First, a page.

When China reopens travel, it will be swift. How ready is the hotel industry?

This week has seen institutional investors swing behind tourism-linked China stocks following the easing of several of the measures the government had imposed as part of its zero-covid policy.

And while it is not clear when Chinese tourists will return to the world stage in force, the equity upswings are a timely reminder for hotels to be “China-ready” for when travel restrictions do finally lift.

In this revenue-challenged and cost-constrained environment, many hotels have held off on investments designed to attract Chinese tourists and business travelers until there were stronger indications that lockdowns and harsh return quarantine restrictions would be relaxed.

“The market in China is most certainly where we’re seeing the most challenges,” Marriott Chief Executive Anthony Capuano said during the third quarter post-earnings call.

But mistiming a return of Chinese tourists would be a mistake. Research for the Centre for Outbound China Travel forecasts that pent-up demand in China for travel will drive a return to 2019 levels in the next year.

Chinese tourists are about to return to the global market, but are hotels ready?

Rising incomes and rapidly improving international connectivity transformed China into a global tourism power in less than a decade. From 70 million outbound border crossings in 2011, the industry grew to over 170 million people spending $255 billion overseas in 2019.

The wave of Chinese visitors fundamentally shifted hospitality patterns in Asia — particularly in destinations like Japan and Thailand — but was also felt in the west, including France and the US.

Chinese visitors could be returning to the market shortly. The draconian quarantine requirements for re-entry that discouraged many Chinese from leaving the country are being eased, and further relaxation this week, including Beijing’s decision to allow restaurants and gyms to reopen and downgrade its testing regime are symptomatic of a less restrictive future.

Several countries are already positing themselves for the eventual re-opening.

This week Andrew Phua, Singapore Tourism Board’s executive director for Greater China, told the 2022 Global Partner Summit that Singapore was focussing on safety and wellness to reassure visitors who are still nervous about infections.

In October, Spain’s tourism industry launched a program aimed at educating the nation’s hospitality industry in ways to attract more Chinese tourists when travel resumes.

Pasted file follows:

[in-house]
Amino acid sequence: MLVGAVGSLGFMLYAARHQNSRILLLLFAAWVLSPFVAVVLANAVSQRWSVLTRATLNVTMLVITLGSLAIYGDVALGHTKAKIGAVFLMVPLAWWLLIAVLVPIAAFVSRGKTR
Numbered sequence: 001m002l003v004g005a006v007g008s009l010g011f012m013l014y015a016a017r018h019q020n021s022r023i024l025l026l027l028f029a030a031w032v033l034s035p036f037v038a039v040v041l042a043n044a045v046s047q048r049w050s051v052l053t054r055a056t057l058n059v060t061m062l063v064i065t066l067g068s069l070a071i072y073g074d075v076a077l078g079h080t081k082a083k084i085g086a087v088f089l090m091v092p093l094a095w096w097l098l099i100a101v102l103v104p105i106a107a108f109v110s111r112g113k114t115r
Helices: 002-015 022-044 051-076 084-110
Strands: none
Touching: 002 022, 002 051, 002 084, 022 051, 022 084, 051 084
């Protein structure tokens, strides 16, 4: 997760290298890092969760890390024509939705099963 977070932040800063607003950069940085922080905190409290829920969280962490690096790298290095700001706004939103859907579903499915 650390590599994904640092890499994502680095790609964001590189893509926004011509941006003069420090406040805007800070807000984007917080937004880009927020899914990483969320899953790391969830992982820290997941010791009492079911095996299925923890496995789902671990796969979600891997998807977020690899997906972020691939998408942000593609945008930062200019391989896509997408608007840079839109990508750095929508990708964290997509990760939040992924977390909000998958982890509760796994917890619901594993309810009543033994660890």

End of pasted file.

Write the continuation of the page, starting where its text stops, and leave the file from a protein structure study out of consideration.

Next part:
But what can individual hotels do? 

Hotels Mag has a few tips to make your hotel China-friendly:

  1. Hiring Chinese speakers: 2020 saw more than 62 million jobs lost in the hospitality space worldwide. With borders reopening, people are needed to re-fill these needed positions but there remains a shortage of workers. This will be magnified when Chinese tourism resumes. Some hotels are getting ahead of the imminent Chinese-speaking talent squeeze by hiring now.
  2. Is your hotel attractive for Chinese tourism? A 2022 Mckinsey study shows that Chinese travelers have disproportionate demand for premium hotels and budget hotels. Mid-tier hotels are finding it more challenging to capture demand. The survey shows that non-branded hotels are generally more popular than branded hotels (56 percent non-branded; 44 percent branded hotels). Does your offering and price point put you in frame to attract the flow?
  3. Ramp up your wellness and experience packages: instead of opulent rooms, research shows Chinese travelers are more likely to spend more on experiences including wellness-themed experiences so put your energy towards sprucing up the spa and offering Chinese-language exercise classes.
  4. Marketing and promotional materials are accessible: A lot has changed in three years, so it’s important that your digital content is refreshed as well. It’s worth spending the time and resources to ensure your content is translated and reflected accurately when displayed in China. If things such as any local taxes and fees payable on arrival are not made clear to the consumer when they book, it will adversely impact their experience